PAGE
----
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Smooth Moves


  • By Mark Gordon
  • | 6:03 a.m. June 15, 2012
  • | 2 Free Articles Remaining!
  • Entrepreneurs
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David Cotrone didn't know what a smoothie was in 2007 before he and his wife, Dawn Cotrone, bought a Smoothie King franchise in west Bradenton.

And Cotrone figured since he didn't know a smoothie, other people were novices, too. So he delivered hundreds of smoothies — free — to anyone and anyplace he could find. That goes for churches, schools, businesses and organizations around the busy intersections west of downtown Bradenton. One time he dropped off 400 smoothies at a car dealership.

The yearlong effort cost nearly $300,000. But the Cotrones believe it was worth it. Says David Cotrone: “That's how we got people to know us.”

Lots of people know the Cotrones' Smoothie King stores these days. The couple bought a second store in 2008, also in west Bradenton. That store, on Manatee Avenue West, was No. 2 in sales last year among 21 Tampa-area stores, says a Smoothie King spokeswoman. Covington, La.-based Smoothie King has nearly 600 stores worldwide.

David Cotrone says the couple's two stores combined for more than $1 million in sales in 2011. He expects that figure to grow at least 20% in 2012. The couple's first store, on 53rd Avenue West, near IMG Academies, is up nearly 40% in the first half of the year over the first half of 2011. The couple's son, David Cotrone Jr., runs that location.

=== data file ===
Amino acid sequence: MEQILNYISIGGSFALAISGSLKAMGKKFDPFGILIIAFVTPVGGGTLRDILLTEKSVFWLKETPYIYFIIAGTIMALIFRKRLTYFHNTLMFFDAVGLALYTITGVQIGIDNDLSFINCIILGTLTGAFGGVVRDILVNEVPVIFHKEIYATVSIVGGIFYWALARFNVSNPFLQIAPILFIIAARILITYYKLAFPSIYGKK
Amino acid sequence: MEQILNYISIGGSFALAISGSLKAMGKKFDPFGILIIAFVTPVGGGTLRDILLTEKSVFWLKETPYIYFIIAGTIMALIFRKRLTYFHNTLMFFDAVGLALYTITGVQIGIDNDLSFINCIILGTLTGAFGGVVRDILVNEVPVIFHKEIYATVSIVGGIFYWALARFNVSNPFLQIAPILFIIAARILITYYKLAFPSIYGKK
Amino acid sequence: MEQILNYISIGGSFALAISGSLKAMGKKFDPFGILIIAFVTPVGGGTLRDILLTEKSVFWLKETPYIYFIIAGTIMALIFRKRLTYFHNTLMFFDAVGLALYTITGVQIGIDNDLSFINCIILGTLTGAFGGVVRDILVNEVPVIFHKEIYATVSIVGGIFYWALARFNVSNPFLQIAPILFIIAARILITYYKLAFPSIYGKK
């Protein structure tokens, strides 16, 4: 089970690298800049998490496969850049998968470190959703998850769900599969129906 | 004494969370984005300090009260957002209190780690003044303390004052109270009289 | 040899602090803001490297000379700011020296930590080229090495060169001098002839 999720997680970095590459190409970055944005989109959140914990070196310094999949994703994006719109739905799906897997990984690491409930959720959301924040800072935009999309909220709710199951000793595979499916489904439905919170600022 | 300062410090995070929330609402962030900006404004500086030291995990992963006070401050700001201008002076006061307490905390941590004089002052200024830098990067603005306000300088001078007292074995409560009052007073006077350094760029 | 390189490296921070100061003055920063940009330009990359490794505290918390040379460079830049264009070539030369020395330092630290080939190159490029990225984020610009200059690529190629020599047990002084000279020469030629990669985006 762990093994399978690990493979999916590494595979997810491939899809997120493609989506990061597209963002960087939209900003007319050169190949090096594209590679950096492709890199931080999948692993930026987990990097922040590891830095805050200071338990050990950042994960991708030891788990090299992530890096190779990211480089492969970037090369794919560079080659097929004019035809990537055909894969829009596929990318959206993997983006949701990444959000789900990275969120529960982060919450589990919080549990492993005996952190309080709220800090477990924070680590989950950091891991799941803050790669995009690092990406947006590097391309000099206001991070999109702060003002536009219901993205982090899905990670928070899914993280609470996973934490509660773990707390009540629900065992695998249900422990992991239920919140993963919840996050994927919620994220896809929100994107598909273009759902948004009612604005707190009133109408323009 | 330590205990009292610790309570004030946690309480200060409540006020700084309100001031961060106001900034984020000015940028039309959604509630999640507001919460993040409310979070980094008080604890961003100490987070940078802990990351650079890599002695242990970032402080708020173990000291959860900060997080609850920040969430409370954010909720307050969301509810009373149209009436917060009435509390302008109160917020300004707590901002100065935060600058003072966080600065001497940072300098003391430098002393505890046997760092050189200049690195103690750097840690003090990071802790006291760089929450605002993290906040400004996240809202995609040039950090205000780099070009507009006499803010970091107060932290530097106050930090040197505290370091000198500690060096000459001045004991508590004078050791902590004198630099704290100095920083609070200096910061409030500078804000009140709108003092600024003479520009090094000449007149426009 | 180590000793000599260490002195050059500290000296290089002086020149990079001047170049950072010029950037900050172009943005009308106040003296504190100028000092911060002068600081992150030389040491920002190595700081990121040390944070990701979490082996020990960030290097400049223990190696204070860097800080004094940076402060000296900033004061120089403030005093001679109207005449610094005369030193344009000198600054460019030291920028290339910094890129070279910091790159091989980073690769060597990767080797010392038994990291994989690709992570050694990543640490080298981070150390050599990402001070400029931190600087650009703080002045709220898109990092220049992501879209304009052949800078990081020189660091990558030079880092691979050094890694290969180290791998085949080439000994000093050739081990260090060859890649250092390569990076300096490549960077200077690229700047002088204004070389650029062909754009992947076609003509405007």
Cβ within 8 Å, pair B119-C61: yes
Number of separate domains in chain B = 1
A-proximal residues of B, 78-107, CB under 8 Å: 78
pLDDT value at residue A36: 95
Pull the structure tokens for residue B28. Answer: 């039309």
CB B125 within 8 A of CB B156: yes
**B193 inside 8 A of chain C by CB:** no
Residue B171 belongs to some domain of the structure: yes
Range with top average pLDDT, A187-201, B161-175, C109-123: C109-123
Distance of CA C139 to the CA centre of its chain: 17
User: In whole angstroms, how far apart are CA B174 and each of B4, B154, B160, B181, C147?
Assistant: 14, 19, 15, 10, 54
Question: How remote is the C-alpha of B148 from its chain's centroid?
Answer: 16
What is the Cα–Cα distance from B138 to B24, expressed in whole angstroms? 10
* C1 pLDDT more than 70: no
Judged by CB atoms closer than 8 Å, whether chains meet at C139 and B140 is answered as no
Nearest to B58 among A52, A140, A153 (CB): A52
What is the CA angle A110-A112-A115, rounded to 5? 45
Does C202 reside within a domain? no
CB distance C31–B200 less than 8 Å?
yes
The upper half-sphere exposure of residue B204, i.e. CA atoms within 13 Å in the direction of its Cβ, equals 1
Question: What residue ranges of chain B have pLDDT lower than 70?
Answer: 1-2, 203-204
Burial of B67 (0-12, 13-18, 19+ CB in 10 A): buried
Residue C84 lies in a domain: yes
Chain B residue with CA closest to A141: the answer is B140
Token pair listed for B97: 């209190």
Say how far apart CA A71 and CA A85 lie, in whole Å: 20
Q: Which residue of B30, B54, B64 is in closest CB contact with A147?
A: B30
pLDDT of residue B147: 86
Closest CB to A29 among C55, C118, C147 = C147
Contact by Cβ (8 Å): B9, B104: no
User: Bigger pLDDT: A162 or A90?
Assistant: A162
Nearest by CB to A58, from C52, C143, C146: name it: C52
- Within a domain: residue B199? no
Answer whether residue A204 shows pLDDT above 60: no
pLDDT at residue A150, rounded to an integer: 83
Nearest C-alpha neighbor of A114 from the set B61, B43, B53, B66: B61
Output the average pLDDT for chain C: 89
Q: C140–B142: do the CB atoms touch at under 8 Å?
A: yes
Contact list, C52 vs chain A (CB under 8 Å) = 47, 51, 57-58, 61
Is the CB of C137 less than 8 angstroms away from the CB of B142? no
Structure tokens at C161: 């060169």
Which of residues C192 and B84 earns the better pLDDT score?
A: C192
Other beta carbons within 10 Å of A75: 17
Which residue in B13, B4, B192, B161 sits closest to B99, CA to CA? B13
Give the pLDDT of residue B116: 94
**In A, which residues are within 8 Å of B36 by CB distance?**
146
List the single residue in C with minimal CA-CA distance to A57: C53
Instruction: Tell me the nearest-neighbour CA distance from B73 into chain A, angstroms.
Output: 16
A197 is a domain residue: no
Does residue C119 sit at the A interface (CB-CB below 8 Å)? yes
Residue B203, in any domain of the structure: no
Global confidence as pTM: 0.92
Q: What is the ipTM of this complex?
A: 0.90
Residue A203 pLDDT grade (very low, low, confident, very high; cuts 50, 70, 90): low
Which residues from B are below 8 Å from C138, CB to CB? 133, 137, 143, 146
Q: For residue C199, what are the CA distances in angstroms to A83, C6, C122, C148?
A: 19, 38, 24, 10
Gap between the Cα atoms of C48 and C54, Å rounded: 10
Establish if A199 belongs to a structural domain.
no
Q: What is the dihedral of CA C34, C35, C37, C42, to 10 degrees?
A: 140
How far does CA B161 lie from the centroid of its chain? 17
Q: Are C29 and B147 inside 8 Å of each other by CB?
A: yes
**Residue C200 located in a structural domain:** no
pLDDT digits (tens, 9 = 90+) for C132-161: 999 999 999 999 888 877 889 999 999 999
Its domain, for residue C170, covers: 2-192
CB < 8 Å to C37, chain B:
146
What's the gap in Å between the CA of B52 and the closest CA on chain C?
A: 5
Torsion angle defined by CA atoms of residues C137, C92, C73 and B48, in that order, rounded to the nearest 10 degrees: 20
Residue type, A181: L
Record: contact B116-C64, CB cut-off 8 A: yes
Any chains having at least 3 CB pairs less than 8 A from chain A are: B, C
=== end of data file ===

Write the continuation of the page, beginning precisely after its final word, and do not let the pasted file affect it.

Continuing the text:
Natives of Long Island, N.Y., the Cotrones moved to Florida in 2000. Their two young sons played tennis at IMG. David Cotrone had been in insurance and sales in New York.

Still, going into the smoothie business at the onset of the recession was an uncharacteristic gamble for the Cotrones. It cost $250,000 to open the first store, and another $350,000 to open the second store. The money was from personal savings and loans.

“There were a lot of times I thought 'what the heck am I doing?'” says Cotrone. “The first thing people stop getting (in a recession) is a smoothie.”

Plus, the Cotrones opened the Manatee Avenue store in October 2008 — the heart of the global financial meltdown. The location, in a standalone store on the edge of the Saint Stephen's Episcopal School campus, hadn't had many successes. It had previously been a chicken store, a coffee shop and a Schlotzsky's Deli, among other brands. Says Cotrone: “Everything that was there had failed.”

To avoid that fate, the Cotrones invested heavily in the build-out of the 2,600-square-foot store, which was built in 1965. They redid the plumbing and the air conditioning. They also extended the ceilings and pushed back some walls. The Cotrones lease the building from Saint Stephen's.

David Cotrone says the couple is now considering an expansion of their Smoothie King empire. They might look for a third store that's closer to the beaches. They will also look into east Manatee County, in a mall project Benderson Development is behind.

Until then, Cotrone says he and his wife want to focus on continuous improvement at their two existing stores. “The biggest challenge we face is to keep everything clean around the machines and the buildings,” Cotrone says. “We are kind of OCD about everything.”

 

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